Pneumonia symptoms include fever, cough, shortness of breath and chest pain. In addition to redness, pain and swelling at the injection site, vaccine side effects may include mild fever, fatigue, headache, chills or muscle pain.

Tetanus-Diphtheria-Pertussis

Tetanus, diphtheria and pertussis, all caused by bacteria, can be very serious, for adolescents as well as adults. Before vaccines, the United States saw as many as 200,000 diptheria and pertussis cases annually and hundreds of tetanus infections. Since vaccination began, tetanus and diphtheria have dropped by about 99 percent and pertussis by roughly 80 percent (CDC). The Tdap vaccination covers all three diseases.

The tetanus bacteria enters the body when cuts, scratches or wounds come into contact with contaminated soil, dust or manure. Tetanus, also known as lockjaw, affects the nervous system, causing painful muscle tightening and stiffness, usually all over the body. In some cases, you can’t open your mouth, swallow or even breathe. It can be deadly, particularly for older people, killing approximately one out of five people who are infected. Because the immunity from past tetanus shots eventually fades, ask your doctor if you are due for another vaccination.

Diphtheria is a respiratory bacterial infection that spreads from person to person through coughing or sneezing. If left untreated, it can cause airway obstruction, coma and death. Although both tetanus and diphtheria are rare in the United States today, people who become infected often have severe complications.

Pertussis, also known as whooping cough, produces severe coughing spells, which can cause difficulty breathing, vomiting and disturbed sleep. The illness can also lead to weight loss, incontinence and rib fractures from coughing. Up to 2 percent of adolescents and 5 percent of adults with pertussis are hospitalized or have complications, which could include pneumonia or death. Seniors are increasingly getting pertussis, possibly due to dwindling immunity.

You should get the Tdap vaccination as a one-time booster, regardless of when you received your last tetanus-diphtheria vaccine. Side effects include redness or swelling at the injection site, headache, fatigue, fever, nausea, vomiting, diarrhea and stomach ache.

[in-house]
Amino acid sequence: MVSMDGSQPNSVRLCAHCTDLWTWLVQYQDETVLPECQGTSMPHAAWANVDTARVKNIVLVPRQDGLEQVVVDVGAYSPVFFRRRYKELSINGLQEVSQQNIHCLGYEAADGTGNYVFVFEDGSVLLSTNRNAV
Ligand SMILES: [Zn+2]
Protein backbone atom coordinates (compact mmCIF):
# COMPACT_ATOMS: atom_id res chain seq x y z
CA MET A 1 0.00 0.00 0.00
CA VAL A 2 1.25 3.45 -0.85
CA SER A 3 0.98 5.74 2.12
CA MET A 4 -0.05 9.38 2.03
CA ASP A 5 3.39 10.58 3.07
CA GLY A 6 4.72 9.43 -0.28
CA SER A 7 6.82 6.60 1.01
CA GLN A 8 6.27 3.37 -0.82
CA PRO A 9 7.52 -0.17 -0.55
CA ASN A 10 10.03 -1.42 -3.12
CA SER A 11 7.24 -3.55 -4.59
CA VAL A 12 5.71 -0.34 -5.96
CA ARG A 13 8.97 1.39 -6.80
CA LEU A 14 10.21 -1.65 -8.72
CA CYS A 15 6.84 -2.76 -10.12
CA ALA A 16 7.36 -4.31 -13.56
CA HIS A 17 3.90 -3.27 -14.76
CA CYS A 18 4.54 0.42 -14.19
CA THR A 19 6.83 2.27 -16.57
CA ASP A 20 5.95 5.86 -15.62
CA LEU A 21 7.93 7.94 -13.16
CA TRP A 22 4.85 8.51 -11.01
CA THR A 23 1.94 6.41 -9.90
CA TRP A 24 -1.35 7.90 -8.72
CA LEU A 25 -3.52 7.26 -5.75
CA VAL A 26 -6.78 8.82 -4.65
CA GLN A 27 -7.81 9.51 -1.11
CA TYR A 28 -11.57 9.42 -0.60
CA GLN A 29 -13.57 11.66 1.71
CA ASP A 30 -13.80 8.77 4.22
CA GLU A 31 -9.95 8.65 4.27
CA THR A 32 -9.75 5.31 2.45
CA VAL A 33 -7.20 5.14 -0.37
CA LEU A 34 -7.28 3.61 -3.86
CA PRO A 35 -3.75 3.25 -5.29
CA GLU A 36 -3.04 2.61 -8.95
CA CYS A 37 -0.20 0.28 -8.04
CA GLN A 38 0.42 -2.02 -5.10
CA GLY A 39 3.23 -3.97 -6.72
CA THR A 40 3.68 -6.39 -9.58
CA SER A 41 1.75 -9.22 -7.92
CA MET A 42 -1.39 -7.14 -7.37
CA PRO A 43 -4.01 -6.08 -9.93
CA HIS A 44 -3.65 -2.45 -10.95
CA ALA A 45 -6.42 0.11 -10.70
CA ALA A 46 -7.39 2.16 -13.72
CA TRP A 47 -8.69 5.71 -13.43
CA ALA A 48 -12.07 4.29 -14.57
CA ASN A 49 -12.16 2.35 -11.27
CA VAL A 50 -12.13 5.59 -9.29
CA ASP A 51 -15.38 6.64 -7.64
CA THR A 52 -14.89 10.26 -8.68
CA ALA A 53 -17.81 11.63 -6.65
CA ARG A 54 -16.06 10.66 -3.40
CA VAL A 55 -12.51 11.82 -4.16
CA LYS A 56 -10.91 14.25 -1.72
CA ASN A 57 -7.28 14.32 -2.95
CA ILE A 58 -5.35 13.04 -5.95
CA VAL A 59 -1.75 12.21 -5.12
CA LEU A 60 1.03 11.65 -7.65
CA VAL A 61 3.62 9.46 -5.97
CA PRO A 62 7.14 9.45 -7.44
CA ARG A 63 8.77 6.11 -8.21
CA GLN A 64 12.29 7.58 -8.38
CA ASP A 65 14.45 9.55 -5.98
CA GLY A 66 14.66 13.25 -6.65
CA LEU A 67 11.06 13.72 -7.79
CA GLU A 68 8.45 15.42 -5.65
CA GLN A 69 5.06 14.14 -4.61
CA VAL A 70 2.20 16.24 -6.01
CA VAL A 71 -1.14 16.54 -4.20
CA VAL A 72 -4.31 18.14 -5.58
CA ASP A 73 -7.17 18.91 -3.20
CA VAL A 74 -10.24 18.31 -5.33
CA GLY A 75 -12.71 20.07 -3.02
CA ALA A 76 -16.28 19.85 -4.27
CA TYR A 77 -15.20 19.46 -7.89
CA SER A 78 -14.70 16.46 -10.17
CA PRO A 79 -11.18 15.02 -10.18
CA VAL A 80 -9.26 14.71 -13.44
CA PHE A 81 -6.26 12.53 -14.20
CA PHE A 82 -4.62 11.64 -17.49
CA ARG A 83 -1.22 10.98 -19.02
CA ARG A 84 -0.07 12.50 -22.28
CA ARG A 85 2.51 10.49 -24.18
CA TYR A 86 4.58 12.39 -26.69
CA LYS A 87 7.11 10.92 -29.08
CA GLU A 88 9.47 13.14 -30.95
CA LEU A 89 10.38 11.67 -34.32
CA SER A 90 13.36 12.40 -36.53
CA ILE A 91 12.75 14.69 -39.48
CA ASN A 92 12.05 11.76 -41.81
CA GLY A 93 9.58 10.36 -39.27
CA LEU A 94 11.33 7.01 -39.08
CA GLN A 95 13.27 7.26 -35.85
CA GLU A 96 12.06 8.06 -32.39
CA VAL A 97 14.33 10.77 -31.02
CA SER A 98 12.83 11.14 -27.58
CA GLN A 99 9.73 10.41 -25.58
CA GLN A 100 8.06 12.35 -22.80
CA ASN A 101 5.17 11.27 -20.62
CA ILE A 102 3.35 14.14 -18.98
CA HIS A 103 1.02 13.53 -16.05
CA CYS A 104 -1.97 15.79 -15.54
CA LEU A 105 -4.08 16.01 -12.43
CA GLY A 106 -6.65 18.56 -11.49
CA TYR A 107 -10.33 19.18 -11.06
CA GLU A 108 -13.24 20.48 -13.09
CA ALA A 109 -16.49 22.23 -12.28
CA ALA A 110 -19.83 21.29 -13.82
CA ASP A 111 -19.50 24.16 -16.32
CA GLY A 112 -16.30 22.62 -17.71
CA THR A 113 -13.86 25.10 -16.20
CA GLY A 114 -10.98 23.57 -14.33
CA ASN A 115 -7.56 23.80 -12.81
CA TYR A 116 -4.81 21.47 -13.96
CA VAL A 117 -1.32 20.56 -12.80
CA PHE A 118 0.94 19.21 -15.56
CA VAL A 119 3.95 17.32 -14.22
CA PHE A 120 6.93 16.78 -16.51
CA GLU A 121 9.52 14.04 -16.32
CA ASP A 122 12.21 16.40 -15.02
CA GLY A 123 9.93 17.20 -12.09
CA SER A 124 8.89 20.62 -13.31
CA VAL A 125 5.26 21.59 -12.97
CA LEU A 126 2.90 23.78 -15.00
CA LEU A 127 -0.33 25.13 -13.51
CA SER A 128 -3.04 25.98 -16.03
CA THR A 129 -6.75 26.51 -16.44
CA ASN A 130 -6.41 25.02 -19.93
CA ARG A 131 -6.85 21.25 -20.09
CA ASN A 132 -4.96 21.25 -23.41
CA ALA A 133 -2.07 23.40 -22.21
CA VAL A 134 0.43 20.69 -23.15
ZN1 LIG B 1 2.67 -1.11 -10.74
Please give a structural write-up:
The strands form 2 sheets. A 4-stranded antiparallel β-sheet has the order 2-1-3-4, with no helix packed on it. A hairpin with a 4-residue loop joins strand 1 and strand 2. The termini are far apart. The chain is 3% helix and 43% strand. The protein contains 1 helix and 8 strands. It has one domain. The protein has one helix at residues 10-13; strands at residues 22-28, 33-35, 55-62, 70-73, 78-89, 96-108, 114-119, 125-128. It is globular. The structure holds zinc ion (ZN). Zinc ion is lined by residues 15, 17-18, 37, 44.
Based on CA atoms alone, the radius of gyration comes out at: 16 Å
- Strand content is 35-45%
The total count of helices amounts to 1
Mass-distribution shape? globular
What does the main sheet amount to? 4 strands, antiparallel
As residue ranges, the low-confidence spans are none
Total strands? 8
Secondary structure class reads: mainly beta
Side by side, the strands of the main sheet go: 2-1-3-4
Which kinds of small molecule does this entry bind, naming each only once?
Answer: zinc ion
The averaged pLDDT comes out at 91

Sources

Centers for Disease Control and Prevention
“Senior Immunizations,” 
John Muir Health
Vaccines.gov
“Vaccines for Seniors,” 
Everyday Health

Dental Health and Aging: The Connection to Overall Health

Blog post by Mike Brunt, August 2014
We all know to do regular checkups with our doctors, how many of us plan annual dental exams too? I found this article from our Certified Senior Advisor newsletter on dental health very informative and am glad I’ve been seeing my dentist regularly. Have you?
Researchers are discovering that a healthy mouth is associated with more than just looking and feeling good – it can have a significant impact on our overall health. 
A hundred years ago people wouldn’t have expected to live well into their seventies, eighties, and nineties, much less with most of their natural teeth intact. Today, however, people are living longer and thanks to advances in dentistry, they are also retaining more teeth. Researchers are discovering that a healthy mouth is associated with more than just looking or feeling good—it can have a significant impact on our overall health. Poor dental hygiene can cause mouth pain, swelling, and fever, and it has even been linked to malnutrition and dehydration in older adults. Perhaps most surprising is the link between oral health and serious medical conditions such as heart disease. As we age, dental issues become more common, and make routine dental care even more important.
Mouth Issues Increase as We Age